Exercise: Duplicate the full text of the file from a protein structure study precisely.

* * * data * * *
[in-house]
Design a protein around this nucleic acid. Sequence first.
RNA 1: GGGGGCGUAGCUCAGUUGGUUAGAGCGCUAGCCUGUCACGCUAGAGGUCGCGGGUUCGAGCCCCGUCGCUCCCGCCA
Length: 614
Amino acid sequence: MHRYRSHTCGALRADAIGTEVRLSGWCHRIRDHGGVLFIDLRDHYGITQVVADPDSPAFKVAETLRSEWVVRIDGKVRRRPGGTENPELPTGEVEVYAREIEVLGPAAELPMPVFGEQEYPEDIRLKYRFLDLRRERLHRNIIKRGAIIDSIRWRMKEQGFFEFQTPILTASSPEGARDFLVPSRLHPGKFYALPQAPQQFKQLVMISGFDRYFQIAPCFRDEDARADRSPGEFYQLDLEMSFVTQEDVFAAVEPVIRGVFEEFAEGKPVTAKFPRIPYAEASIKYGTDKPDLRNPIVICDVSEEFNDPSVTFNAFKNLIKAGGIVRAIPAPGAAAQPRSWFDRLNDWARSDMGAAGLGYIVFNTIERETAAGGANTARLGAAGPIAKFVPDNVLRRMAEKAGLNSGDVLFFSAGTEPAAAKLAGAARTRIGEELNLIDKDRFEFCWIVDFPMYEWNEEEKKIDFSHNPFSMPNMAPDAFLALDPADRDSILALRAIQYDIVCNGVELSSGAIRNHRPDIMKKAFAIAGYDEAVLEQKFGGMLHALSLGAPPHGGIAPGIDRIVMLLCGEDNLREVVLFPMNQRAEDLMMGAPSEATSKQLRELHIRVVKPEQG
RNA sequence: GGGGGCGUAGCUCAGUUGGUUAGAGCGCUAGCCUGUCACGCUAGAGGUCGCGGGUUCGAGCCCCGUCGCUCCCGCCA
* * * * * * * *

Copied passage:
[in-house]
Design a protein around this nucleic acid. Sequence first.
RNA 1: GGGGGCGUAGCUCAGUUGGUUAGAGCGCUAGCCUGUCACGCUAGAGGUCGCGGGUUCGAGCCCCGUCGCUCCCGCCA
Length: 614
Amino acid sequence: MHRYRSHTCGALRADAIGTEVRLSGWCHRIRDHGGVLFIDLRDHYGITQVVADPDSPAFKVAETLRSEWVVRIDGKVRRRPGGTENPELPTGEVEVYAREIEVLGPAAELPMPVFGEQEYPEDIRLKYRFLDLRRERLHRNIIKRGAIIDSIRWRMKEQGFFEFQTPILTASSPEGARDFLVPSRLHPGKFYALPQAPQQFKQLVMISGFDRYFQIAPCFRDEDARADRSPGEFYQLDLEMSFVTQEDVFAAVEPVIRGVFEEFAEGKPVTAKFPRIPYAEASIKYGTDKPDLRNPIVICDVSEEFNDPSVTFNAFKNLIKAGGIVRAIPAPGAAAQPRSWFDRLNDWARSDMGAAGLGYIVFNTIERETAAGGANTARLGAAGPIAKFVPDNVLRRMAEKAGLNSGDVLFFSAGTEPAAAKLAGAARTRIGEELNLIDKDRFEFCWIVDFPMYEWNEEEKKIDFSHNPFSMPNMAPDAFLALDPADRDSILALRAIQYDIVCNGVELSSGAIRNHRPDIMKKAFAIAGYDEAVLEQKFGGMLHALSLGAPPHGGIAPGIDRIVMLLCGEDNLREVVLFPMNQRAEDLMMGAPSEATSKQLRELHIRVVKPEQG
RNA sequence: GGGGGCGUAGCUCAGUUGGUUAGAGCGCUAGCCUGUCACGCUAGAGGUCGCGGGUUCGAGCCCCGUCGCUCCCGCCA